Students of Color Mentorship Program rebrands

Taylor McFarland, BG24 Executive Producer

As we approach the 25th anniversary of the SMART program, the Office of Residence Life plans to rebrand the retention initiative so that it can reach more students.

The SMART program is a mentorship that aids first-year students of color in their first year at BGSU. SMART stands for Students of color Mentoring, Aiding, Retaining and Teaching. The program fosters community among students of color to support them as they navigate BGSU campus.

There was speculation that the program was discontinued, but James Kearney, Coordinator for Diversity Initiatives, said the program was “dormant” due to limited staff.

“We didn’t have enough student engagement,” he said. “It was never discontinued. I don’t think it was presented in a way where people understood where the direction of it was going. It’s still here. It’s just named something different positionally if you look at the student staff positions, but if you look on our website, it’s still there. It never went away.”

The Office of Residence Life was looking to “expand the reach of SMART,” the Director of Residence Life Joshua Lawrie said. As a result, the SMART mentorship program merged with the APMs, or Academic Peer Mentors, to create the Resident Success Peer Mentorship program. Kearney said the goal of the integration of programs was to be more inclusive with mentors and students.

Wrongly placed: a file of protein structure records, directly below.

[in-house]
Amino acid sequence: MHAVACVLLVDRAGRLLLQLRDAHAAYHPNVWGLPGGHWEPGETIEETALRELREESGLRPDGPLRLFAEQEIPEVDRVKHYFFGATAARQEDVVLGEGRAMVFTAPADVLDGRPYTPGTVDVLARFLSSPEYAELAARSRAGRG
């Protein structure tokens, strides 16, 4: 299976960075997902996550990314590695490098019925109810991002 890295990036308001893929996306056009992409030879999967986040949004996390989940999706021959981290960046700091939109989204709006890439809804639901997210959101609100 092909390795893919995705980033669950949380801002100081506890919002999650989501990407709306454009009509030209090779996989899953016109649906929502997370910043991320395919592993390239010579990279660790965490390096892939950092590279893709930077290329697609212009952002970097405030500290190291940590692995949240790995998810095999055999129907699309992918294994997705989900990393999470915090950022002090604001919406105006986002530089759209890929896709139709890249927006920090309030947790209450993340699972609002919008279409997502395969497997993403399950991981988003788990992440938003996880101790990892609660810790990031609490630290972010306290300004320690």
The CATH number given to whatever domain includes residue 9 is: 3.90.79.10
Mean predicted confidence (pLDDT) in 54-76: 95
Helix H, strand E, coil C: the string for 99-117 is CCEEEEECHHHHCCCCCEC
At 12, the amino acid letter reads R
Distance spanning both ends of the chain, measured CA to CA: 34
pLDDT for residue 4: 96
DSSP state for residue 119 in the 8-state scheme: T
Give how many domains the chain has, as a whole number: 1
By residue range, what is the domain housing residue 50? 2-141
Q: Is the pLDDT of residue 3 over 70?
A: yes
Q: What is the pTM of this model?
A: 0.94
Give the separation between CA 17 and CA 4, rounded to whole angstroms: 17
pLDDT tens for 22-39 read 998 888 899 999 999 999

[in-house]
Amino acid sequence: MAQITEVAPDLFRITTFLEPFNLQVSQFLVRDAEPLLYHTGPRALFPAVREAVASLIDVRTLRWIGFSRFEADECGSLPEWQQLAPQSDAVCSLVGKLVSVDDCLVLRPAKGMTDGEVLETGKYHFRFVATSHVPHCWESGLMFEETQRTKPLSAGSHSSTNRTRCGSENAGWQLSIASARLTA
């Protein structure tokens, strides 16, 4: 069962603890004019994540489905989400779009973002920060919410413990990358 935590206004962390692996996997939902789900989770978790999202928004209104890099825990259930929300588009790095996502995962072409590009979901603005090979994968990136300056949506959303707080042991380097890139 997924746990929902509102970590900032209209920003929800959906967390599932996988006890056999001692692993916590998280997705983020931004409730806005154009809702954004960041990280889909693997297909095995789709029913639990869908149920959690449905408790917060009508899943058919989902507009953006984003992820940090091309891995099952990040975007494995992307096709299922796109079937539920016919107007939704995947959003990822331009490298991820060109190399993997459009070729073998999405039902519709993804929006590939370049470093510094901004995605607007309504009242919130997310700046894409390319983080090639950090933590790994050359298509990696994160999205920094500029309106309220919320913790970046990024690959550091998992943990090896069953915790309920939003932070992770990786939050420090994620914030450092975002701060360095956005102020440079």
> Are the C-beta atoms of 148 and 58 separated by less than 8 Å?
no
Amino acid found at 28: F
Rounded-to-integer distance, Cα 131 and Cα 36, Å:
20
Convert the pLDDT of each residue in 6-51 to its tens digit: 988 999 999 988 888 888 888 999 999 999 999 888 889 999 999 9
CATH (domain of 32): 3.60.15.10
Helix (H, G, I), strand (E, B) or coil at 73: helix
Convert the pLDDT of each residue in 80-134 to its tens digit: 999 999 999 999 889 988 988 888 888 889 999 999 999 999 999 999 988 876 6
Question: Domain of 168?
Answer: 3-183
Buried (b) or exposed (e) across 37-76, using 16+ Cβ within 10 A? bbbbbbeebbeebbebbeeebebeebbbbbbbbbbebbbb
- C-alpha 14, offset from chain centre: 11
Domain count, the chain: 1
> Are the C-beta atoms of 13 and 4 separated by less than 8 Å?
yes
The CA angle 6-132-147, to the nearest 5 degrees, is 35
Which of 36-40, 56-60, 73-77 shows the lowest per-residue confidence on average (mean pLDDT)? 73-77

Joshua Moore, Graduate Coordinator for Diversity Education and Multicultural Student Retention, spent most of his undergraduate career being involved with SMART. Moore said he’s happy that the program is making a comeback ahead of its 25th anniversary.

“With it coming back, I know it’s going to be great and I hope to help in the process,” he said.

As the head of SMART, Kearney said the Office of Residence Life is looking to rebrand the program by providing more support for students. He said as time progresses, so does our student population and their needs. Kearney plans to make incorporate other facets of the identities of students of color, like sexuality and gender, into the program to better accommodate students.

He recently conducted staff interviews and plans to do another process because he wants to hire for SMART again.

“I’m excited to start that process again and get it out of that dormant stage because I know we still have people who would very much benefit from that program and who still want to see it be very much active and involved with things,” he said.

Kearney said he’s working with the marketing specialist to see how the positions can be promoted. He said that events like campus fest can be intimidating, especially for minoritized and marginalized populations, because they’re nervous. His SMART rebrand plan will involve actively seeking students through campus partners like the Office of Admissions and the Office of Multicultural Affairs.

Lawrie said he’s looking forward to SMART returning as a standalone program.

Joshua Moore, is happy that the program will be making a comeback ahead of its 25th year. When he first heard about the merge, he was kind of shocked, with it coming back I know it’s going to be great and hopes to help in the process.

“We feel it is time to have SMART focus back on the core mission of the program,” he said.